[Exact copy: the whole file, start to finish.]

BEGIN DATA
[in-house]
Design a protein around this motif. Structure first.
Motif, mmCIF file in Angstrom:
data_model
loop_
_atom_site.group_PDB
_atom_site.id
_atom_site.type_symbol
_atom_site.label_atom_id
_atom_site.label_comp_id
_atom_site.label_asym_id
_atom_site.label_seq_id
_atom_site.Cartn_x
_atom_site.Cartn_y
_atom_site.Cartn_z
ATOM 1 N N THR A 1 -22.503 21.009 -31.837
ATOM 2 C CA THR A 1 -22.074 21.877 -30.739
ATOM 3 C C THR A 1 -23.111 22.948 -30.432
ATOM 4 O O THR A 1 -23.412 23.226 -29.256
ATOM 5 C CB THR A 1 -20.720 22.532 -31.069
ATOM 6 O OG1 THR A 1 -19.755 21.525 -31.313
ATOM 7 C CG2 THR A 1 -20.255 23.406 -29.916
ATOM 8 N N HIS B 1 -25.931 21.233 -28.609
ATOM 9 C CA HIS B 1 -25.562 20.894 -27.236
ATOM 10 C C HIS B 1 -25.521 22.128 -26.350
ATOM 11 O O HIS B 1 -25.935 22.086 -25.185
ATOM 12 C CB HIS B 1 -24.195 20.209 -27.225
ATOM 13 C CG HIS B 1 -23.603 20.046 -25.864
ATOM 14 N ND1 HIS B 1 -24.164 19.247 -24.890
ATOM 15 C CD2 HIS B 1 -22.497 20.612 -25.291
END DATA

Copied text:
[in-house]
Design a protein around this motif. Structure first.
Motif, mmCIF file in Angstrom:
data_model
loop_
_atom_site.group_PDB
_atom_site.id
_atom_site.type_symbol
_atom_site.label_atom_id
_atom_site.label_comp_id
_atom_site.label_asym_id
_atom_site.label_seq_id
_atom_site.Cartn_x
_atom_site.Cartn_y
_atom_site.Cartn_z
ATOM 1 N N THR A 1 -22.503 21.009 -31.837
ATOM 2 C CA THR A 1 -22.074 21.877 -30.739
ATOM 3 C C THR A 1 -23.111 22.948 -30.432
ATOM 4 O O THR A 1 -23.412 23.226 -29.256
ATOM 5 C CB THR A 1 -20.720 22.532 -31.069
ATOM 6 O OG1 THR A 1 -19.755 21.525 -31.313
ATOM 7 C CG2 THR A 1 -20.255 23.406 -29.916
ATOM 8 N N HIS B 1 -25.931 21.233 -28.609
ATOM 9 C CA HIS B 1 -25.562 20.894 -27.236
ATOM 10 C C HIS B 1 -25.521 22.128 -26.350
ATOM 11 O O HIS B 1 -25.935 22.086 -25.185
ATOM 12 C CB HIS B 1 -24.195 20.209 -27.225
ATOM 13 C CG HIS B 1 -23.603 20.046 -25.864
ATOM 14 N ND1 HIS B 1 -24.164 19.247 -24.890
ATOM 15 C CD2 HIS B 1 -22.497 20.612 -25.291